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Nutrients 2016, 8(10), 611; https://doi.org/10.3390/nu8100611

Article
Antiproliferative and Antiangiogenic Effects of Punica granatum Juice (PGJ) in Multiple Myeloma (MM)
1
Section of Hematology, Department of Surgery and Medical Specialties, University of Catania, Catania 95125, Italy
2
Department of Biological, Geological and Environmental Sciences, University of Catania, Catania 95125, Italy
3
Department of Biomedical and Biotechnological Sciences, University of Catania, Catania 95125, Italy
4
Institute for Agricultural and Forest Systems in the Mediterranean, National Research Council, Catania 95125, Italy
*
Author to whom correspondence should be addressed.
These authors contributed equally to this work.
Received: 15 July 2016 / Accepted: 13 September 2016 / Published: 1 October 2016

Abstract

:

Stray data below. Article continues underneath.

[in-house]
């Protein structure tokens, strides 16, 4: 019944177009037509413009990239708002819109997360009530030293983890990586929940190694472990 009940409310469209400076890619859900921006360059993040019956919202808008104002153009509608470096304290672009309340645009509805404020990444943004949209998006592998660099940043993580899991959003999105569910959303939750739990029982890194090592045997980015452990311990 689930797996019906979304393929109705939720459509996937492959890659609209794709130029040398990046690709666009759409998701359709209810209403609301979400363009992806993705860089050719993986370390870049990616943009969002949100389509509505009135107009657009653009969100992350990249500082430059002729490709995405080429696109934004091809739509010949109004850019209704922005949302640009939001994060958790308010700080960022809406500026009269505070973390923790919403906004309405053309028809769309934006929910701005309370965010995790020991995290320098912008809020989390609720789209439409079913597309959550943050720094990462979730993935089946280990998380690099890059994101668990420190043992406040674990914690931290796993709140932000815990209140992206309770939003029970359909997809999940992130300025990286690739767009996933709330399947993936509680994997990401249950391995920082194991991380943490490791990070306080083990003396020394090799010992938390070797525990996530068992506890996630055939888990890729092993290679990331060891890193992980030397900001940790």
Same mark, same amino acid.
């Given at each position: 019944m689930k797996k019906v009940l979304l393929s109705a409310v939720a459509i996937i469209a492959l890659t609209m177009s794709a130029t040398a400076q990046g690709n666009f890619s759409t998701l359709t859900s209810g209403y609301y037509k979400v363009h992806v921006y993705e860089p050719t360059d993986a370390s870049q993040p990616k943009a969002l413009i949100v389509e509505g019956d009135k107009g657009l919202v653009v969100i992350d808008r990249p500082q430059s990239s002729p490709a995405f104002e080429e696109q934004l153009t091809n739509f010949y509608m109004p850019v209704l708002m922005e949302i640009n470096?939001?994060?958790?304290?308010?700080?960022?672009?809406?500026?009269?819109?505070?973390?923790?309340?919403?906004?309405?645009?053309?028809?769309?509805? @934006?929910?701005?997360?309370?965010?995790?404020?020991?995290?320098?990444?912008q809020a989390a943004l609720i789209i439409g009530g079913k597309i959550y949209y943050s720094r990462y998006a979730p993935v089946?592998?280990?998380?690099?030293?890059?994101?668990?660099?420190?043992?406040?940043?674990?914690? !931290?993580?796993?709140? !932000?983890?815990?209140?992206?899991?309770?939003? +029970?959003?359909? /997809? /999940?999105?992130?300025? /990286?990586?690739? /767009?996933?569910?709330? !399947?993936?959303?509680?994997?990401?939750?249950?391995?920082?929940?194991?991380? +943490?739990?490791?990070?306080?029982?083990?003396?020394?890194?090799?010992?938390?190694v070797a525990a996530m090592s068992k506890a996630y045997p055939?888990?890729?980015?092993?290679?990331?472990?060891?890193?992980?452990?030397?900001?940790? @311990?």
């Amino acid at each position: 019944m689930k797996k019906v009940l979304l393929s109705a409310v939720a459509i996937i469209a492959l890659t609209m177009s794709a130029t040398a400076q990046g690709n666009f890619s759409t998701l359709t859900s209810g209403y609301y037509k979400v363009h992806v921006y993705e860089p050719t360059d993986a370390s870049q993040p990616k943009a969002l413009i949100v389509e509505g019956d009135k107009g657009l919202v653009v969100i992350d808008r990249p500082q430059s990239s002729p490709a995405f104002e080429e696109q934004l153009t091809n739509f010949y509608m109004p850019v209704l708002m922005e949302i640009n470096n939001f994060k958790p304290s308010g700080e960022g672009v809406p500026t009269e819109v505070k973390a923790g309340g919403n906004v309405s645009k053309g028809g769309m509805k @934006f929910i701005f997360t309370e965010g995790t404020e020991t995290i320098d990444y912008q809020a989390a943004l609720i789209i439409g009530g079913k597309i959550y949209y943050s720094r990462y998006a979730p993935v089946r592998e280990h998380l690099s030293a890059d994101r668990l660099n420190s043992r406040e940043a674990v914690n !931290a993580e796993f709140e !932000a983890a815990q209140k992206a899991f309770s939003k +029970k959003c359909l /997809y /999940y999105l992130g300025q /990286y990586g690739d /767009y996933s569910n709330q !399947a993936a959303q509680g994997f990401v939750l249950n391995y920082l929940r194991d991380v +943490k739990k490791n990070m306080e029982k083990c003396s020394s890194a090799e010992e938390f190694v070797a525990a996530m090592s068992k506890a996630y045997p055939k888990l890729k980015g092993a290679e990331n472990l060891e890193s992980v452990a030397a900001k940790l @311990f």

Multiple myeloma (MM) is a clonal B-cell malignancy characterized by an accumulation of clonal plasma cells (PC) in the bone marrow (BM) leading to bone destruction and BM failure. Despite recent advances in pharmacological therapy, MM remains a largely incurable pathology. Therefore, novel effective and less toxic agents are urgently necessary. In the last few years, pomegranate has been studied for its potential therapeutic properties including treatment and prevention of cancer. Pomegranate juice (PGJ) contains a number of potential active compounds including organic acids, vitamins, sugars, and phenolic components that are all responsible of the pro-apoptotic effects observed in tumor cell line. The aim of present investigation is to assess the antiproliferative and antiangiogenic potential of the PGJ in human multiple myeloma cell lines. Our data demonstrate the anti-proliferative potential of PGJ in MM cells; its ability to induce G0/G1 cell cycle block and its anti-angiogenic effects. Interestingly, sequential combination of bortezomib/PGJ improved the cytotoxic effect of the proteosome inhibitor. We investigated the effect of PGJ on angiogenesis and cell migration/invasion. Interestingly, we observed an inhibitory effect on the tube formation, microvessel outgrowth aorting ring and decreased cell migration and invasion as showed by wound-healing and transwell assays, respectively. Analysis of angiogenic genes expression in endothelial cells confirmed the anti-angiogenic properties of pomegranate. Therefore, PGJ administration could represent a good tool in order to identify novel therapeutic strategies for MM treatment, exploiting its anti-proliferative and anti-angiogenic effects. Finally, the present research supports the evidence that PGJ could play a key role of a future therapeutic approach for treatment of MM in order to optimize the pharmacological effect of bortezomib, especially as adjuvant after treatment.